Here is how the blocks should look:

How the Blocks Work

The currentQuestionIndex serves as the index for the QuestionList and the currentQuestionIndex is 1, the app selects the first question and the first picture. When currentQuestionIndex is 2, the app selects the second question and second picture. Of course this scheme depends on the lists being in sync and indeed they are. For instance, the first picture, LarsenBerra.jpg, is a picture of Don Larsen, and Don Larsen is the answer to the first question, "Who pitched a perfect game in the World Series?" Test the modified behavior. Does a different image appear each time you click the NextButton?

Evaluating Answers

Next, you'll add blocks that report whether the user has answered a question correctly or not. The user enters the answer in AnswerText and then clicks the AnswerButton. The app must compare the user's entry with the answer to the "current" question, using an ifelse block to check. The RightWrongLabel should be modified to report whether or not the answer is correct. You'll need the following blocks for this behavior:

Block Type Drawer Purpose
AnswerButton.Click AnswerButton the behavior is triggered when user clicks the AnswerButton
ifelse Control if answer is correct, do one thing, else do another
= block Math to ask if answer is correct
AnswerText.Text AnswerText the user's answer is in this textbox
select list item Lists to select the current answer from AnswerList
global AnswerList My Definitions The list to select from
global currentQuestionIndex My Definitions the question number (and answer number) the user is on
set RightWrongLabel.Text to RightWrongLabel report the answer here
text block "correct" Text if answer is right
set RightWrongLabel.Text to RightWrongLabel report the answer here
text block "incorrect" Text if answer is wrong

The blocks should look like this:

How the Blocks Work

The ifelse test reads, "is the user's answer (AnswerText.Text) equal to the currentQuestionIndex-th item in the AnswerList?" If currentQuestionIndex is 1, the app will compare the user's answer with the first item in AnswerList, "Don Larsen". If currentQuestionIndex is 2, the app will compare the user's answer with the second answer in the list, "Dallas Braden", and so on. If the test result is positive, the then-do blocks are executed and the RightWrongLabel is set to "correct!". If the test is false, the else-do blocks are executed and the RightWrongLabel is set to "incorrect".

Test the modified app. Try answering one of the questions. It should report whether or not you answered the question exactly as is specified in the AnswerList. Test with both a correct and incorrect answer (because text is being compared, the test is case-sensitive).

Click the NextButton and answer a second question. Does it still work? It should, but you might notice that when you click the NextButton, the "correct"/"incorrect" text and the previous answer are still there. Though it's fairly innocuous, such user interface issues will definitely be noticed by the users of your app.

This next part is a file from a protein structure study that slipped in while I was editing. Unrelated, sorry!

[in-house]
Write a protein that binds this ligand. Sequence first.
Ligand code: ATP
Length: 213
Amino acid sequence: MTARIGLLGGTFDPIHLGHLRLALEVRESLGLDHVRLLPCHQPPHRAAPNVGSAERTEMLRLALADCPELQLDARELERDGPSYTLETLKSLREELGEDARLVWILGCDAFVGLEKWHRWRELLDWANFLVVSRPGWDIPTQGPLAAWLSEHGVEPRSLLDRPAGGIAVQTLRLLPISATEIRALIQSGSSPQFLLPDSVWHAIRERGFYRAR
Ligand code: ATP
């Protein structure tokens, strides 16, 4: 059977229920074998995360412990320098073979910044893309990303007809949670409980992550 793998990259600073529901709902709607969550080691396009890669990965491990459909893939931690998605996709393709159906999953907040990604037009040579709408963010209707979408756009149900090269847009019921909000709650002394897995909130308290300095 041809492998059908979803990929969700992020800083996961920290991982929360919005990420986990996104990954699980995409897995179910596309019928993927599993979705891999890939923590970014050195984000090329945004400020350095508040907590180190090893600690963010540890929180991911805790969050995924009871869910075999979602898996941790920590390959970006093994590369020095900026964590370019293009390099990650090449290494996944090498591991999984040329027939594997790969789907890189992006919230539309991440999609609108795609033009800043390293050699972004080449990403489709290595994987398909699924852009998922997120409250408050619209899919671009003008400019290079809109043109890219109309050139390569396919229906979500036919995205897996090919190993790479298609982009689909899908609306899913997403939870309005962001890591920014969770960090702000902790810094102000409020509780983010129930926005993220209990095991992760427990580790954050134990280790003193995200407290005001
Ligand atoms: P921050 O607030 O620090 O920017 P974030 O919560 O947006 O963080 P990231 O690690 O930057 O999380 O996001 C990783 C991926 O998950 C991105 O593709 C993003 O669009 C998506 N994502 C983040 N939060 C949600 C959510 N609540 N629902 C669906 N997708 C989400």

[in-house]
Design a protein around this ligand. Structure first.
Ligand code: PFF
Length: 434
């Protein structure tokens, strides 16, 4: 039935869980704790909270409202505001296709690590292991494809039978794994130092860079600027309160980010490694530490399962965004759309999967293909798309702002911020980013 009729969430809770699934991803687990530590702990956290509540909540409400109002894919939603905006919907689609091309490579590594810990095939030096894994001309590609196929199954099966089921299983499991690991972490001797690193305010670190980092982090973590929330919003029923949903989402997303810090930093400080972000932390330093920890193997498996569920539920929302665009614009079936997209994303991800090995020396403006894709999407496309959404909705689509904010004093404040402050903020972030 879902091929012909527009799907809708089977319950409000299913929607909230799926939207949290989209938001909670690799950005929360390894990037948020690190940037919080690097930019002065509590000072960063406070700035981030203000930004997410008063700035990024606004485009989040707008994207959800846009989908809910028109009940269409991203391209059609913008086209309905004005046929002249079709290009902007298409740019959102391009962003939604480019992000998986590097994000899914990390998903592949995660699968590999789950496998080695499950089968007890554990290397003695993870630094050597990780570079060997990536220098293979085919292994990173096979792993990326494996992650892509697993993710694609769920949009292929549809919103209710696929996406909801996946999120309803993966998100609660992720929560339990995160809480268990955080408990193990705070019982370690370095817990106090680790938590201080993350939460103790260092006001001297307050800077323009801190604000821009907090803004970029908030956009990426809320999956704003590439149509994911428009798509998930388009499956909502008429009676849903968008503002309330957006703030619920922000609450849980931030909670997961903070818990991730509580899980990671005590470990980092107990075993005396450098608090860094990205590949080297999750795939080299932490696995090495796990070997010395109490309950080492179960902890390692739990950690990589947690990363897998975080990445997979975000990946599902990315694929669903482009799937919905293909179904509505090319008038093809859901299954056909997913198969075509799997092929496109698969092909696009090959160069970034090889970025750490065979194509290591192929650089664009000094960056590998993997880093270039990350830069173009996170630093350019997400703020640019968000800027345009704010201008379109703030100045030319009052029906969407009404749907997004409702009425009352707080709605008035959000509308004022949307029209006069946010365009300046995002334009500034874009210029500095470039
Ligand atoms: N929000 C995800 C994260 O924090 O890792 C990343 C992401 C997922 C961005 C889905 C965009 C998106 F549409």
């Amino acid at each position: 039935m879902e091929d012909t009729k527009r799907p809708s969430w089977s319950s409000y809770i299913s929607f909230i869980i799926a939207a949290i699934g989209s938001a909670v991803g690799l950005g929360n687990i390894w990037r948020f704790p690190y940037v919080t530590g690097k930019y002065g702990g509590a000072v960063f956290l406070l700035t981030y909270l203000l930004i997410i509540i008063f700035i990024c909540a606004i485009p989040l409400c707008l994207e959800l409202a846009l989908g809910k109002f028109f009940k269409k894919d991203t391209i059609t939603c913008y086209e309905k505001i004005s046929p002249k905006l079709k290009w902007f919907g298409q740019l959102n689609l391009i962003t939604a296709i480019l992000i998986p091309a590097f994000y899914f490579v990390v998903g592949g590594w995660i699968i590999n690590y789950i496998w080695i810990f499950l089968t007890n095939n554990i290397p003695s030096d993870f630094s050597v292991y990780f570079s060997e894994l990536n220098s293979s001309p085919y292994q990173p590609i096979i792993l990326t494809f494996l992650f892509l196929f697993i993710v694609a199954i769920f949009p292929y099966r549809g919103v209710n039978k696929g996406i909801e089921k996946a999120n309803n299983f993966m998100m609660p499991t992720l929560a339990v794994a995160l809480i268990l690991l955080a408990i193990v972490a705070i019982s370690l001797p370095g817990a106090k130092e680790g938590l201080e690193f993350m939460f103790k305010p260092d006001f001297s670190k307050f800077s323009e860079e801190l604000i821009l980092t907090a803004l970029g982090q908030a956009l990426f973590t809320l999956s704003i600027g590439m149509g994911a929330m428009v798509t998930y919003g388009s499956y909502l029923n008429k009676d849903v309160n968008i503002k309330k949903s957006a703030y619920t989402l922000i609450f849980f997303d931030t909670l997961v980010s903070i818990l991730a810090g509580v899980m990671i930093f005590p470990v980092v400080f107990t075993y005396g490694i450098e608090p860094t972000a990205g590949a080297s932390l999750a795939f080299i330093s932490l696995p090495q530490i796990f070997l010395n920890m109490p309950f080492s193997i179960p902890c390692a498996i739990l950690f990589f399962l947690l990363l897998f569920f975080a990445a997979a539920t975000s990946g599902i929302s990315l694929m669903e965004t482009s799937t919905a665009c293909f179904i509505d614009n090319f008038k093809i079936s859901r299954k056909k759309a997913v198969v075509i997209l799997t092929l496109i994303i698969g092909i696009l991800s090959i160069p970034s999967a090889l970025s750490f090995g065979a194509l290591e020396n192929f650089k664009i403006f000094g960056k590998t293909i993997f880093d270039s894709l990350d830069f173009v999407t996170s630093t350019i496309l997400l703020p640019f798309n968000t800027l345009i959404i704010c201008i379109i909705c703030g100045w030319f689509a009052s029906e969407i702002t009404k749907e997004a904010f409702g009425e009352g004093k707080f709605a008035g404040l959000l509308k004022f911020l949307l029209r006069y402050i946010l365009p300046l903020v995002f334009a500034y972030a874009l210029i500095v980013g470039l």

To blank out the RightWrongLabel and the AnswerText, you'll put the following blocks within the NextButton.click event-handler:

Block Type Drawer Purpose
set RightWrongLabel.Text to RightWrongLabel the label to blank out
text (blank) Text When Next is clicked, erase old answer critique
set AnswerText.Text to AnswerText the user's answer from previous question
text (blank) Text When Next is clicked, erase old answer

The blocks should look like this:

How the Blocks Work

When the NextButton is clicked, the user is moving on to the next question, so the top two rows of the event-handler blank out the RightWrongLabel and the AnswerText.

Test this behavior. Answer a question and click Submit, then click the NextButton. Does your previous answer and the apps critique disappear?

Final Program

QuizMe! Final Version:

Package the final version of the app by choosing Package For Phone | Barcode from the Component Designer menu. When the barcode appears, use the barcode scanner on your phone to download and install the app.

Variations

Once you get a quiz working, you might want to explore some variations. For example,

  • Instead of just showing images for each question, try playing a sound clip or a short video. With sound, you can turn your quiz app into a Name That Tune app.
  • The quiz is very rigid in terms of what is accepted as a valid answer. There are a number of ways to modify this. One is to use the text.contains block to see if the user's answer is contained in the actual answer. Another is to provide multiple answers for each question, and check by iterating (using foreach) through them to see if any match.
  • Transform the quiz so that it is multiple-choice. The list of answers will need to be a list of lists, with each sub-list holding the answer choices. Use the ListPicker component to allow the user to choose an answer.

Review

Here are some of the ideas covered in this tutorial:

  • Apps can be written in a general manner so that they work with any data list.
  • Index variables are used to track the current position within a list. When you increment them, be careful about reaching the end of the list.

Scan the Sample App to your Phone

Scan the following barcode onto your phone to install and run the sample app.

Download Source Code

If you'd like to work with this sample in App Inventor, download the source code to your computer, then open App Inventor, go to the My Projects page, and choose More Actions | Upload Source.

MIT and Google are grateful to Professor David Wolber, CS Professor at The University of San Francisco, for developing this tutorial.

Done with QuizMe? Return to the other tutorials here.

Tutorial Version: 

Tutorial Difficulty: 

  • Advanced

Tutorial Type: 

  • Game
  • Data Storage